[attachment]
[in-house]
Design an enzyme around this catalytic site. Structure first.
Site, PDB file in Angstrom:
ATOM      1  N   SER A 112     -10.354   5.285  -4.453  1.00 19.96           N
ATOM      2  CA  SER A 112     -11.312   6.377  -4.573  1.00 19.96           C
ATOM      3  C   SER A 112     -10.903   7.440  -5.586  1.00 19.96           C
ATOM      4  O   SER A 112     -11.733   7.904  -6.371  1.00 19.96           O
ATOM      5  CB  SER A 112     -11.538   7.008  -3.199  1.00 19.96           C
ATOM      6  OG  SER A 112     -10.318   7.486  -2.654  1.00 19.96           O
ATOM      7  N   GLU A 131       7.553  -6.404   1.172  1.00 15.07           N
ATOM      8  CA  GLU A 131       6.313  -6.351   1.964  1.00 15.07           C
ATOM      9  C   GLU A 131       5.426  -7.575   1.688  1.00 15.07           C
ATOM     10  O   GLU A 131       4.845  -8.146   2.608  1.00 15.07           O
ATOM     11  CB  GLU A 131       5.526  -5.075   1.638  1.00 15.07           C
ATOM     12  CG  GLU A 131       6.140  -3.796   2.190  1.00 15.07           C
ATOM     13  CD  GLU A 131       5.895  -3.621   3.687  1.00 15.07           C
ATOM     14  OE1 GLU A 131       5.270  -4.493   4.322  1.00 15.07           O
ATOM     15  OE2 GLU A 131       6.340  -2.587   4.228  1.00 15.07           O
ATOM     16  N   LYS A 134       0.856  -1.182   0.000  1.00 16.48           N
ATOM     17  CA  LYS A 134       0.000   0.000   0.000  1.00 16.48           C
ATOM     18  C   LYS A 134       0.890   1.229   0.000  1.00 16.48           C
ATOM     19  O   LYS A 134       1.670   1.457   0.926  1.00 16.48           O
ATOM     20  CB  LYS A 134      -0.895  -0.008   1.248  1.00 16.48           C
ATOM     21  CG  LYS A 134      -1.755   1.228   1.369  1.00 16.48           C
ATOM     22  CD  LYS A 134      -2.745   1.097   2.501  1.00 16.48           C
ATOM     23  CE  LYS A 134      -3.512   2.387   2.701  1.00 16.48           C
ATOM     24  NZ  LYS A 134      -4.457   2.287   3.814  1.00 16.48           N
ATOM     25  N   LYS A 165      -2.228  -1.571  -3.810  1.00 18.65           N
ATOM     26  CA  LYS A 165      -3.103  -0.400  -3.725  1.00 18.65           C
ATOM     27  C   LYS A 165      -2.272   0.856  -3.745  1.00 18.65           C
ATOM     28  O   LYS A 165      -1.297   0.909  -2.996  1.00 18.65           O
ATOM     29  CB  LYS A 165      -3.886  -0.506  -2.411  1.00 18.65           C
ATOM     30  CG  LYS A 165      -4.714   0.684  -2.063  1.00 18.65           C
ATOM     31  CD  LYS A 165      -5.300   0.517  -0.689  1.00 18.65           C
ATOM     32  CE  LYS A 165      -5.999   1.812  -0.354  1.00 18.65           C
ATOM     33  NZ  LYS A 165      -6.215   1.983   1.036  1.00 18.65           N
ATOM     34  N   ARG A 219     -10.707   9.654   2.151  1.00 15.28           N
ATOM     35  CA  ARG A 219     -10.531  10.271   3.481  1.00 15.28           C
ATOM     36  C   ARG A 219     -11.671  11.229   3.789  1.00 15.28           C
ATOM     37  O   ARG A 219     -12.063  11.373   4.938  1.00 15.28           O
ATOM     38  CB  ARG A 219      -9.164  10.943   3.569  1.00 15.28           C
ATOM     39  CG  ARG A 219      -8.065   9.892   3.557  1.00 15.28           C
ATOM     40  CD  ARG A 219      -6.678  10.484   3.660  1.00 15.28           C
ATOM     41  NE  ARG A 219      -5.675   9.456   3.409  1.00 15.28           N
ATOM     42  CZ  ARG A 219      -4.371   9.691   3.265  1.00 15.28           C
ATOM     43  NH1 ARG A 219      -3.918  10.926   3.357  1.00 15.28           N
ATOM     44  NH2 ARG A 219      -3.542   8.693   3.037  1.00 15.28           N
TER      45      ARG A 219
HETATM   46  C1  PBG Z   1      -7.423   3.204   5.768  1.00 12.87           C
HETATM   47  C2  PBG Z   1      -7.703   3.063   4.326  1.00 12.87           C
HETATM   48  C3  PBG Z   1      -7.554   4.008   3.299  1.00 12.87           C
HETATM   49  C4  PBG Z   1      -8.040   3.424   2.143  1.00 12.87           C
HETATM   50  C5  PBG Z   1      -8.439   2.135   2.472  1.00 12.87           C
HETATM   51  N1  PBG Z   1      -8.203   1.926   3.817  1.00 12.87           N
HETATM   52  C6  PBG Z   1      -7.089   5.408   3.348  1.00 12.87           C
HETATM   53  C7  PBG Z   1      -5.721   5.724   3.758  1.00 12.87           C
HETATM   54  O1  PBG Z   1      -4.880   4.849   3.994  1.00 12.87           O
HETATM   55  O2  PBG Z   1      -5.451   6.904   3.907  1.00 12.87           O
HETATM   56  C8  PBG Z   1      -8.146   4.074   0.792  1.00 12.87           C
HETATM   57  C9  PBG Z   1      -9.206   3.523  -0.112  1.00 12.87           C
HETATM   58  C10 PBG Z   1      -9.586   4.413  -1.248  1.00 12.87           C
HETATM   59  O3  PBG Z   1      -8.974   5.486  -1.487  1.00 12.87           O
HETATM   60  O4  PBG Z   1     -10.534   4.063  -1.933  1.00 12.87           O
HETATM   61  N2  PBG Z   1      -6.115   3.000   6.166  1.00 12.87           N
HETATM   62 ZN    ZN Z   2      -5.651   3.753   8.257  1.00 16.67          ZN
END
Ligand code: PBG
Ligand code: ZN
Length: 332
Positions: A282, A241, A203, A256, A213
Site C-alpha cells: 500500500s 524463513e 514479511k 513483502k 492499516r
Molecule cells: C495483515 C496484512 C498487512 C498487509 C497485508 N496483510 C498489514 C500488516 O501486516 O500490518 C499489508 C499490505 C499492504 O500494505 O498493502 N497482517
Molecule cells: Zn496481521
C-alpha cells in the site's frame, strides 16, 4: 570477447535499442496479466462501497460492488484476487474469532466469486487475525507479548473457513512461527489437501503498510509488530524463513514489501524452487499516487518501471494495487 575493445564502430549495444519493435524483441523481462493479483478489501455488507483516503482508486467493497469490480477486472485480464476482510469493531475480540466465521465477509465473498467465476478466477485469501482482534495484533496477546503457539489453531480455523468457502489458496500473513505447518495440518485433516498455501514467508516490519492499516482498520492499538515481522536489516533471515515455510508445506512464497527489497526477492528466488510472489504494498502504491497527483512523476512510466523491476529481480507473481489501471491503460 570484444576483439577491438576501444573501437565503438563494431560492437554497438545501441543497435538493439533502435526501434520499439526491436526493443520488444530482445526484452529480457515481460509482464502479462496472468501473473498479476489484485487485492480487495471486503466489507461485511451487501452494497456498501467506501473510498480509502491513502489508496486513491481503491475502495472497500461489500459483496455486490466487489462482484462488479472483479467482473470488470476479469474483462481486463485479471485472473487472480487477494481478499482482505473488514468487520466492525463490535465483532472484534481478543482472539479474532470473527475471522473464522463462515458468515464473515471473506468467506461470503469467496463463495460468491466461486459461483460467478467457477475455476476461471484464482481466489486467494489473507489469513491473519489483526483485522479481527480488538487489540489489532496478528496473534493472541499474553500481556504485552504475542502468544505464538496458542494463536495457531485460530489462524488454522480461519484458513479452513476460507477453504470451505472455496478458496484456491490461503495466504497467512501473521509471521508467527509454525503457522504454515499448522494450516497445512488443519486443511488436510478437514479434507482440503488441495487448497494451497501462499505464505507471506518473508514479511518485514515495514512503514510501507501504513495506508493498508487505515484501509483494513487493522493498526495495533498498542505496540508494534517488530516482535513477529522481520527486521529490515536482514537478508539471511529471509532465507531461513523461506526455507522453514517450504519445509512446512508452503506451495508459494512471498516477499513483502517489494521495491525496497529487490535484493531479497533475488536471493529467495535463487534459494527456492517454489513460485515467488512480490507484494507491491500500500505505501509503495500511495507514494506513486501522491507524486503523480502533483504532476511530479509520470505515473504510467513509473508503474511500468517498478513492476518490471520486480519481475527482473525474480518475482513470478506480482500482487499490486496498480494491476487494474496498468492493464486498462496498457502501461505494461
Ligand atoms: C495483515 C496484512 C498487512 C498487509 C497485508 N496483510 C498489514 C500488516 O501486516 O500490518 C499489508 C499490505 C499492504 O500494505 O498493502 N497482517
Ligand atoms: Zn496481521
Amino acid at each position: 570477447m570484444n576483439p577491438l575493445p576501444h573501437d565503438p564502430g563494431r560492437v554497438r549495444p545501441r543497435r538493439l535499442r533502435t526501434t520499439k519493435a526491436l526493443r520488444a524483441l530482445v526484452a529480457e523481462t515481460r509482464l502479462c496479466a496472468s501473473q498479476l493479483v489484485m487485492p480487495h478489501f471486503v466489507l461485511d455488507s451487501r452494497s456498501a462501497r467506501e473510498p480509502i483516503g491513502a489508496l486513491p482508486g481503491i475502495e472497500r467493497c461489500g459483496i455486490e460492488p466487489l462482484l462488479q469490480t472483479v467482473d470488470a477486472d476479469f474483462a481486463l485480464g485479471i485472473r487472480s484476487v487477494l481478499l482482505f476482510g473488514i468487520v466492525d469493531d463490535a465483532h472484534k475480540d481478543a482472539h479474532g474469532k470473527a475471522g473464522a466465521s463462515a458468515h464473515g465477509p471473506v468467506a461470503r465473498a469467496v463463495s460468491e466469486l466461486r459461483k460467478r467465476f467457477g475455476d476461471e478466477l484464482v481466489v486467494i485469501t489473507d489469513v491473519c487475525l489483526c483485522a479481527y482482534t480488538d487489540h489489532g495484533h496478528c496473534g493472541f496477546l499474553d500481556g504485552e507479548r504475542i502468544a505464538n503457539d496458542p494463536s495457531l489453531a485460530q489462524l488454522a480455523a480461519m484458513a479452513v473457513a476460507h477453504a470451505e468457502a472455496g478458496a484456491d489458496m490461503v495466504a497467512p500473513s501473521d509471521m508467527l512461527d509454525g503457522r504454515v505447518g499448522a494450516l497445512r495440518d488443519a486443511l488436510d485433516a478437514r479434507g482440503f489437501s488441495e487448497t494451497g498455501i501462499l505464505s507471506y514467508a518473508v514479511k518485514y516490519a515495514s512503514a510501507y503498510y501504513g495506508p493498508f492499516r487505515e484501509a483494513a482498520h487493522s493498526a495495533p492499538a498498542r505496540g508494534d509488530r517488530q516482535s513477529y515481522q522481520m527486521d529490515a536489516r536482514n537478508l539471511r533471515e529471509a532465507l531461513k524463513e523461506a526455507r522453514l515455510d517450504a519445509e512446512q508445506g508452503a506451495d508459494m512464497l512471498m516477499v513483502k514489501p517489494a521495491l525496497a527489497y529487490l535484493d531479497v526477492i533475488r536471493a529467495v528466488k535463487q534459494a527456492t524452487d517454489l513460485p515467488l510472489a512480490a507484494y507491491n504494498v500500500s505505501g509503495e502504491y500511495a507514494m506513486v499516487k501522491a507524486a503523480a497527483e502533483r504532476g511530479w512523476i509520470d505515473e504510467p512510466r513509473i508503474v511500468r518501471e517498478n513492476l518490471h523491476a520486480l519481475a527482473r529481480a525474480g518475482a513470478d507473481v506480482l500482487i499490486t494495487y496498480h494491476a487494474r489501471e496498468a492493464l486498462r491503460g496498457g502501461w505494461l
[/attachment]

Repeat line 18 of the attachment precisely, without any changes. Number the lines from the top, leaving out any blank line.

ATOM     15  OE2 GLU A 131       6.340  -2.587   4.228  1.00 15.07           O